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by Ian Rankin
Orion, October 2011
416 pages
$24.99 CAD
ISBN: 0752889540

Buy in the UK | Buy in Canada

Malcolm Fox, who first appeared in THE COMPLAINTS, is still working for that unpopular department that investigates the misdeeds of other coppers. This time, Fox and his colleagues are in Fife to look into the case of a constable, Paul Carter, who's been ratted out by his own uncle, himself a retired policeman. Whatever happened, it involved drugs, sexual favours, and studied indifference and now two more women are accusing Carter of offering to drop charges against them in return for their being "accommodating."

It's the sort of thing that Fox is used to dealing with and he and his team receive the usual unfriendly reception when they show up in Fife. Rankin is very good at capturing the tone of hostile non-cooperation that carefully avoids outright insubordination that must characterize this sort of interaction in police forces the world over. But rather rapidly, this simple case spins out, leading Fox deep into the heart of an intricate plot dating back thirty years or so, one that might well involve some very respectable persons now in high places, persons who would be much happier if some of their youthful activities remained well forgotten.

To complicate Fox's life, his father, who's been housed in an assisted-living facility at Fox's expense, has had a stroke and will need more elaborate care. As all too often happens, this brings Fox and his sister Jude into the kind of conflict that dates back to their childhood. Some of the sharpest writing in THE IMPOSSIBLE DEAD comes about in the scenes between Jude and Fox. Jude, feeling guilty that her situation makes it impossible for her to offer any financial support for her father and obscurely angry at Fox because he can, does her best to shift the burden of guilt to her brother for his emotional shortcomings. Behind all this is the perennial sibling wail, "Daddy always liked you best," complicated and softened by family affection.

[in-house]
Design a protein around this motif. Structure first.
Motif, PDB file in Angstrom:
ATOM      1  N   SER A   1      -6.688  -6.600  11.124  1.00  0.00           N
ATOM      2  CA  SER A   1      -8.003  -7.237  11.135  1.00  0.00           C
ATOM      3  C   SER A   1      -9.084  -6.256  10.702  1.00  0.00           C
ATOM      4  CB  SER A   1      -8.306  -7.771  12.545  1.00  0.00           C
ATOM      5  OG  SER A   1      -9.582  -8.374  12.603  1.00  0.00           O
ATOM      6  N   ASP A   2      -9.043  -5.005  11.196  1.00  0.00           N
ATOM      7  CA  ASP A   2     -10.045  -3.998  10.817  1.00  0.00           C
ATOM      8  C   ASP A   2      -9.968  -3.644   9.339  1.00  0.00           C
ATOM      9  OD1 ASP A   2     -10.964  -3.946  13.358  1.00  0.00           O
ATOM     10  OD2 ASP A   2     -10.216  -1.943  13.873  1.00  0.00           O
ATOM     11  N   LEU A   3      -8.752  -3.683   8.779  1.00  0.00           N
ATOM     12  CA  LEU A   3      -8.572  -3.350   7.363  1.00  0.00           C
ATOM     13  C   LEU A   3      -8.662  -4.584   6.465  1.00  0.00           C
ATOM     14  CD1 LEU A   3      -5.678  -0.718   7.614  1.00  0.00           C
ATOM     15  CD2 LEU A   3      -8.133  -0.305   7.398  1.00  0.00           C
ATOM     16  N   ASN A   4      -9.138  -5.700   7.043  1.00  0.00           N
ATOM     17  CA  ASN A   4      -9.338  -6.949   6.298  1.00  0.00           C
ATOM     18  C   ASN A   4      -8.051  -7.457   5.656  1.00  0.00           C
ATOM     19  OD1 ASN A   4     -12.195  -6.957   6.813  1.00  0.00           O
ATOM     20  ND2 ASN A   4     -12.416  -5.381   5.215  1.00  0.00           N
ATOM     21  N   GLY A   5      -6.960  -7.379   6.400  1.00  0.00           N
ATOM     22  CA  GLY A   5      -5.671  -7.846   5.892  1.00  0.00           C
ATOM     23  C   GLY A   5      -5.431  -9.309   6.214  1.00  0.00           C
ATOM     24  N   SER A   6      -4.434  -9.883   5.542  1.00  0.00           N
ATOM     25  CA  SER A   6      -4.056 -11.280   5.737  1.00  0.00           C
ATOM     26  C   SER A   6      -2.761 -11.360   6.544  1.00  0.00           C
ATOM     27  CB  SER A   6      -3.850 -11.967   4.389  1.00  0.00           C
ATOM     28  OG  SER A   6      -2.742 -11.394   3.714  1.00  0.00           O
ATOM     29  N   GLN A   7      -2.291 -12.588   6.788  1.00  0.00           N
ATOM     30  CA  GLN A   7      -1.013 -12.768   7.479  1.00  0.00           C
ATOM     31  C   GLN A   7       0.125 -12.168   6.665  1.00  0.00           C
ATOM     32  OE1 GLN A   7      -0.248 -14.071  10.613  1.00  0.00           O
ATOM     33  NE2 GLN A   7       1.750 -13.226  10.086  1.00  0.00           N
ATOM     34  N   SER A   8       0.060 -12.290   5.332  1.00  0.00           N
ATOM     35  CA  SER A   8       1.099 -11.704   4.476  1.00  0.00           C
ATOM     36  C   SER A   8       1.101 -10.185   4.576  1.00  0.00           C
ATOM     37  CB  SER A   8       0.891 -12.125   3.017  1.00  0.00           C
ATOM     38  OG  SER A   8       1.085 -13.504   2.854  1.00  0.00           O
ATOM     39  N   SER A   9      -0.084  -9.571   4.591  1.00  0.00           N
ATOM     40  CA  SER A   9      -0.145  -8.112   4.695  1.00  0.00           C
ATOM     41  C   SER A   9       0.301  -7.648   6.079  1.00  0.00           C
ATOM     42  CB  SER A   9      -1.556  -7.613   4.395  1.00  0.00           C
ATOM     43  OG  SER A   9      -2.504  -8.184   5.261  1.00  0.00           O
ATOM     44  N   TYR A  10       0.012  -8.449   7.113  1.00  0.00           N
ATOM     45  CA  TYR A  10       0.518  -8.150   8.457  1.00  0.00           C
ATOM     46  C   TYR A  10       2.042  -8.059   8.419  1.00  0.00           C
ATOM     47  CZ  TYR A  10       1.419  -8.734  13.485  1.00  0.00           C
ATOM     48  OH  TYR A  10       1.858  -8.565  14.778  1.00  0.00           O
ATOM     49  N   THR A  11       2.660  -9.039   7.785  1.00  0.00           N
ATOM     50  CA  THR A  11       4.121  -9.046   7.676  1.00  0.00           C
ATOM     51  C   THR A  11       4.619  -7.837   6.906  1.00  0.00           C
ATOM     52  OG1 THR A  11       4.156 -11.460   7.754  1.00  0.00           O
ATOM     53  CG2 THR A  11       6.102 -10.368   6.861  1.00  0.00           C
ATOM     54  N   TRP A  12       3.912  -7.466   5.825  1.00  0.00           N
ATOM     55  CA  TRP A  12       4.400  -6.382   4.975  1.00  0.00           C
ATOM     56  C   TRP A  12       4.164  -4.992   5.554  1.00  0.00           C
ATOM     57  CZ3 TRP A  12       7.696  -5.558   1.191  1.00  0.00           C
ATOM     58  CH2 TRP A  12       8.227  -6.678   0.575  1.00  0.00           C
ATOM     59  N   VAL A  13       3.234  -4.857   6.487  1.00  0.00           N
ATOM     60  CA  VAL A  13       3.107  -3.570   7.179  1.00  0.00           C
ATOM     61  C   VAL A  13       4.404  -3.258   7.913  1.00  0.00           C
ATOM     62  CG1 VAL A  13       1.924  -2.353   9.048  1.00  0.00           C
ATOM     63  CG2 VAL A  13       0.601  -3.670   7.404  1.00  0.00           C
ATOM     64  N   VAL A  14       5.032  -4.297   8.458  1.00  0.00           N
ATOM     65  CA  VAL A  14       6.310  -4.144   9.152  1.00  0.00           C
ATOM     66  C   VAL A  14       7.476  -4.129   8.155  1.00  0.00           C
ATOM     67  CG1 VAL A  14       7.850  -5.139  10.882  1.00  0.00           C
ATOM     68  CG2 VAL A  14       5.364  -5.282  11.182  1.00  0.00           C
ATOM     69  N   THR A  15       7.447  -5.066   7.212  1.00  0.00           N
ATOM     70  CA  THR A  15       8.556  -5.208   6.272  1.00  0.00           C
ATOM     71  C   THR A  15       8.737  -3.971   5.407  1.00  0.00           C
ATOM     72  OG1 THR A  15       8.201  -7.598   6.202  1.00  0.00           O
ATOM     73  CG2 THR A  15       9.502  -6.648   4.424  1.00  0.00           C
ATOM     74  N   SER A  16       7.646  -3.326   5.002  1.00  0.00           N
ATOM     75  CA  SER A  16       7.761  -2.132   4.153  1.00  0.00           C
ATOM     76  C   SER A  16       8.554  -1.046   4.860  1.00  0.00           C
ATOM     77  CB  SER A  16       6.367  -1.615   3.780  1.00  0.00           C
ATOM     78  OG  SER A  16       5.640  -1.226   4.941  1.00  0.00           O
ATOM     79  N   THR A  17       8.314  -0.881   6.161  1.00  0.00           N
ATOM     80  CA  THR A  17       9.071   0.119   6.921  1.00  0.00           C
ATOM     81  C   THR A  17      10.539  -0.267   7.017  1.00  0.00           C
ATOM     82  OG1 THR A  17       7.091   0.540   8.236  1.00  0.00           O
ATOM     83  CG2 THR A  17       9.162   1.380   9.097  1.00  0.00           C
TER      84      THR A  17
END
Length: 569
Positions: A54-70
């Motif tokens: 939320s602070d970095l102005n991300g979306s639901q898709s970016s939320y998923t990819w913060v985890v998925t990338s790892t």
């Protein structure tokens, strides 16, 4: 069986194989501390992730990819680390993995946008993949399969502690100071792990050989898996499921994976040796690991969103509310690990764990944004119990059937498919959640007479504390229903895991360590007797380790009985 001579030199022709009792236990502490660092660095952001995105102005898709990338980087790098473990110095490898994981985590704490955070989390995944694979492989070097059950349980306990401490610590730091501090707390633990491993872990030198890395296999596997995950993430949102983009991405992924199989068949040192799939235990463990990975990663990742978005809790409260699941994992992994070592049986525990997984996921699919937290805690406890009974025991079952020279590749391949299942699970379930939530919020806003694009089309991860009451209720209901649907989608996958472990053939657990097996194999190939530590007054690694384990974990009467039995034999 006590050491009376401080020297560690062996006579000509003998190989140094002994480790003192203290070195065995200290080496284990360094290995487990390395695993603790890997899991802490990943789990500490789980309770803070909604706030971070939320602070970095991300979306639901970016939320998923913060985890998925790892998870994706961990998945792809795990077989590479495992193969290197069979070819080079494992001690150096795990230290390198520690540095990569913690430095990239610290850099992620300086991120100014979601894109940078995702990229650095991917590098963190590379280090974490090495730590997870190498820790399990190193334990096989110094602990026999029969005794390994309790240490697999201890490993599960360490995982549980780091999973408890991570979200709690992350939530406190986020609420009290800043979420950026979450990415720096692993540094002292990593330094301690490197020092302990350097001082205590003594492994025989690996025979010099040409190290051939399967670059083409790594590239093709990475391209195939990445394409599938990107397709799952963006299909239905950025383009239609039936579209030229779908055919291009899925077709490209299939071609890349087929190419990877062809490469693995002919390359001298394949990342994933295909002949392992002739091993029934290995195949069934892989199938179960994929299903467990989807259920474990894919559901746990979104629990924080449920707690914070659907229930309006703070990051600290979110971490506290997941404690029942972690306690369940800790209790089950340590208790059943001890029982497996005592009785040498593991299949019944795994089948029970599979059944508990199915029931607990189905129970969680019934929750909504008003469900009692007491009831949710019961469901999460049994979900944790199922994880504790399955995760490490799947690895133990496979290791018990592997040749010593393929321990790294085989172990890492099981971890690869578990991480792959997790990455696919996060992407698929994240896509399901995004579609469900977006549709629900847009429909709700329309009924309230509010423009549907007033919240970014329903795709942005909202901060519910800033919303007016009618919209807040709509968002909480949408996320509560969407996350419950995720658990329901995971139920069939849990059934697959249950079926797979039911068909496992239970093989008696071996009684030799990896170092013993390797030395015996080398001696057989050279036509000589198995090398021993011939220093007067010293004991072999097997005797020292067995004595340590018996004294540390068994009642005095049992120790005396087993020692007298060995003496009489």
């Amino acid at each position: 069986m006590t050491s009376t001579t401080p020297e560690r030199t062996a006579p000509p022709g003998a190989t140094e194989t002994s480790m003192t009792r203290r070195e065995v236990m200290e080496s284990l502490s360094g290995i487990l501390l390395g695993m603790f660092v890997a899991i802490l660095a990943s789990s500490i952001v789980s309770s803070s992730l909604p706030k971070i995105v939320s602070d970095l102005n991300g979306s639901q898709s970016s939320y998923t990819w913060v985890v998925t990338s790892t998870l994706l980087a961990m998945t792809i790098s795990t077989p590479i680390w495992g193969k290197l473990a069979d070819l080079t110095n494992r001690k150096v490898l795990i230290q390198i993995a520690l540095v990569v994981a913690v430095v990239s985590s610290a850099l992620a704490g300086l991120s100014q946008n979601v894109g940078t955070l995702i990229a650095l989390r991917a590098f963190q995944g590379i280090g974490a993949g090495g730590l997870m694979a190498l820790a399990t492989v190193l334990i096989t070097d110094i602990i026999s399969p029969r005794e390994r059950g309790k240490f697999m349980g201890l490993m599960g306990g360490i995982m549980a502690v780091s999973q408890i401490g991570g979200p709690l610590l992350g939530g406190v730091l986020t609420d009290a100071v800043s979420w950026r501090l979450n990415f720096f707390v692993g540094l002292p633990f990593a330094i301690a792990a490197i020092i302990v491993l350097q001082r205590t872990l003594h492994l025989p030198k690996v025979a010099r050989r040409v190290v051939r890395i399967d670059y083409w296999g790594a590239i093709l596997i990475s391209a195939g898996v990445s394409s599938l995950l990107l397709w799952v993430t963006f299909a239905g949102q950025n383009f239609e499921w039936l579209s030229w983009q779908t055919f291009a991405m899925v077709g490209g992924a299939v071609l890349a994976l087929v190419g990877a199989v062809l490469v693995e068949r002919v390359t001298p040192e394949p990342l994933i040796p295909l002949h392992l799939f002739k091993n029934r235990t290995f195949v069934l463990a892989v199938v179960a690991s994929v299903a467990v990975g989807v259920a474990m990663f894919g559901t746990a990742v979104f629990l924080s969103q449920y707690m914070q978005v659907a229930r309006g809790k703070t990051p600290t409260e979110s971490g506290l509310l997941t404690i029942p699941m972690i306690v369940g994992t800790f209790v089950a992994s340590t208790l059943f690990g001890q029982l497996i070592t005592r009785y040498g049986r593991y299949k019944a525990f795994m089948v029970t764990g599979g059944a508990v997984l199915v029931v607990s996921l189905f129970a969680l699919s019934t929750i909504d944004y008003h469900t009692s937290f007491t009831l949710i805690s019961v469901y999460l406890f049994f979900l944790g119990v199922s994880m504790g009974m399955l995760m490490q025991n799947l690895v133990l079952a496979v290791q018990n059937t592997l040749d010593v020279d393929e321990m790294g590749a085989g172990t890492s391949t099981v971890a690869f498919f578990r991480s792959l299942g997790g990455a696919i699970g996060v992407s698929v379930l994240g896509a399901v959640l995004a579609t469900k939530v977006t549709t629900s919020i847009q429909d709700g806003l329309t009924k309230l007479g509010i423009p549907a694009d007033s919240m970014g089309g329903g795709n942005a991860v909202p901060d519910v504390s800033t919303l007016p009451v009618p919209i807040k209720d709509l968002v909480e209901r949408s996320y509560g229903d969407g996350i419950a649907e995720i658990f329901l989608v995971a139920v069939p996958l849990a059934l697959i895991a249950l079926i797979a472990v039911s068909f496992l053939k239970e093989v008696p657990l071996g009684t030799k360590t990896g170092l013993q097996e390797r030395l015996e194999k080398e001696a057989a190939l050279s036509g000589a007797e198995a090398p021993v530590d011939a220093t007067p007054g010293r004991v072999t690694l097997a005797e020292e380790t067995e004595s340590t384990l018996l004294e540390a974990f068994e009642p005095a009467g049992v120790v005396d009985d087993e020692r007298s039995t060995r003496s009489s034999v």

I wish it were possible to review the new series without referring to Rebus, but even Rankin seems unable to ignore him completely, as he makes a faint whisper of an appearance in a passing reference by a forensics officer. The problem is not, I think, that Fox is not Rebus; it is that The Complaints is not Lothian and Borders Homicide. Its remit is too limited and Rankin seems already to be feeling the constraint. The plot develops into one more suited to the regular detective service rather than to the narrower confines of Professional Ethics and Standards and the novel is all the better for it. In the end, Fox proves he is a "real" detective after all, as capable as Rebus of getting to the bottom of a complex series of events and laying the ground for the further development of a character who may be able to keep his demons in check but who certainly has them all the same.

Yvonne Klein is a writer, translator, and retired college English professor who lives in Montreal.

Reviewed by Yvonne Klein, November 2011

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Contact: Yvonne Klein (ymk@reviewingtheevidence.com)

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